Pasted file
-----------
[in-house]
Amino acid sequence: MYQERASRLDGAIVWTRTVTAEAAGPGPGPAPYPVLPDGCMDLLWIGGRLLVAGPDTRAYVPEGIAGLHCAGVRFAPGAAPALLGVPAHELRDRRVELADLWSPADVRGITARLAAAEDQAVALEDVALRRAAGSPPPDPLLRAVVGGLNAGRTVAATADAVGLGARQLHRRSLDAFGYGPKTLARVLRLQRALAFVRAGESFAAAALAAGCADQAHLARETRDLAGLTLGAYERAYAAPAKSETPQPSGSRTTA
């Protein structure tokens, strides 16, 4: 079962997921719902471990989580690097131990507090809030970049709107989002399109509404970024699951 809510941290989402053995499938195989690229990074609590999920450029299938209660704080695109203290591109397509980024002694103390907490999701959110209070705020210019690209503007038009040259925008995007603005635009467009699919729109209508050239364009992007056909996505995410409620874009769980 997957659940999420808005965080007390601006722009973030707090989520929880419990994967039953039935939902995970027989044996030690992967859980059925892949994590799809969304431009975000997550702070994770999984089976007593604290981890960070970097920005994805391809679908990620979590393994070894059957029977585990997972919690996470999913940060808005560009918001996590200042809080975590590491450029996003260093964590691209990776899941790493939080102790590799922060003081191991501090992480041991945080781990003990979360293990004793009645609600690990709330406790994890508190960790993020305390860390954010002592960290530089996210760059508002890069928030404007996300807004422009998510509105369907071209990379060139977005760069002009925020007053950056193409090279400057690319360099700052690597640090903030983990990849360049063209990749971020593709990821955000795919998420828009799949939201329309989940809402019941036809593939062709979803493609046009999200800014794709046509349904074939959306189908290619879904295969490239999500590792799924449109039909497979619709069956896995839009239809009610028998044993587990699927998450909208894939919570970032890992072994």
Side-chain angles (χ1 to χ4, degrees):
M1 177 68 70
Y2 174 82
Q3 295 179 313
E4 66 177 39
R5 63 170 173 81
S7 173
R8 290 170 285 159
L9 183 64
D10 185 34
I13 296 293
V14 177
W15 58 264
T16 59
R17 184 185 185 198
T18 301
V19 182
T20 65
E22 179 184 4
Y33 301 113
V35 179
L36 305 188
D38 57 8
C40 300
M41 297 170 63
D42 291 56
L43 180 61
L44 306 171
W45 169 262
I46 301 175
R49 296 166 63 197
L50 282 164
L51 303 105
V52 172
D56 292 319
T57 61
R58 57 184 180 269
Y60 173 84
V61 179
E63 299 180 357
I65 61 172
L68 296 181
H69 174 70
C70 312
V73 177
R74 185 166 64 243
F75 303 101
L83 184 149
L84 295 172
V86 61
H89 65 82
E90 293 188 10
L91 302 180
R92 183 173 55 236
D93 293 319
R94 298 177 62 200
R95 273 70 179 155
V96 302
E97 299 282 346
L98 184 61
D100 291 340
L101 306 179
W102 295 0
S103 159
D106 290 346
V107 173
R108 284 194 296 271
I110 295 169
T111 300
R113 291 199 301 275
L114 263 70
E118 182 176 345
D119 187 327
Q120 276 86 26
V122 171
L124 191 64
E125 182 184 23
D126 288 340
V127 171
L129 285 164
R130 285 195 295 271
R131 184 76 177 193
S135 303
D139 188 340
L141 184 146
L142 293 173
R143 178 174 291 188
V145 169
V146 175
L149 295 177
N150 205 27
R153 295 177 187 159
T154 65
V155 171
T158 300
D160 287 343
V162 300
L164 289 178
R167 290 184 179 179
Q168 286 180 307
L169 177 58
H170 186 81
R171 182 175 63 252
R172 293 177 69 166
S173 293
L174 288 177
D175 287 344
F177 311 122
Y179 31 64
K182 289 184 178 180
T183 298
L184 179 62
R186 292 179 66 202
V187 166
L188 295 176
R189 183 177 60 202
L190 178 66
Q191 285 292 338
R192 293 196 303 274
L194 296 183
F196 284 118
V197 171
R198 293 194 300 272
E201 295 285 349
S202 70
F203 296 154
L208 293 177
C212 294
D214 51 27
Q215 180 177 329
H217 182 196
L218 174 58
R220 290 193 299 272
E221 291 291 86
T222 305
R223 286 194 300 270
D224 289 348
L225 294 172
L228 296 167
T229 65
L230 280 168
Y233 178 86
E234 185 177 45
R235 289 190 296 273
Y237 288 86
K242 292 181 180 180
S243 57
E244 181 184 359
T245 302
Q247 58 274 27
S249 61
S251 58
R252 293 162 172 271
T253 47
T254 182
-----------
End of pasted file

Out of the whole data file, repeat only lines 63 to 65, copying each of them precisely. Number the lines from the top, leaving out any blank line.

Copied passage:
L98 184 61
D100 291 340
L101 306 179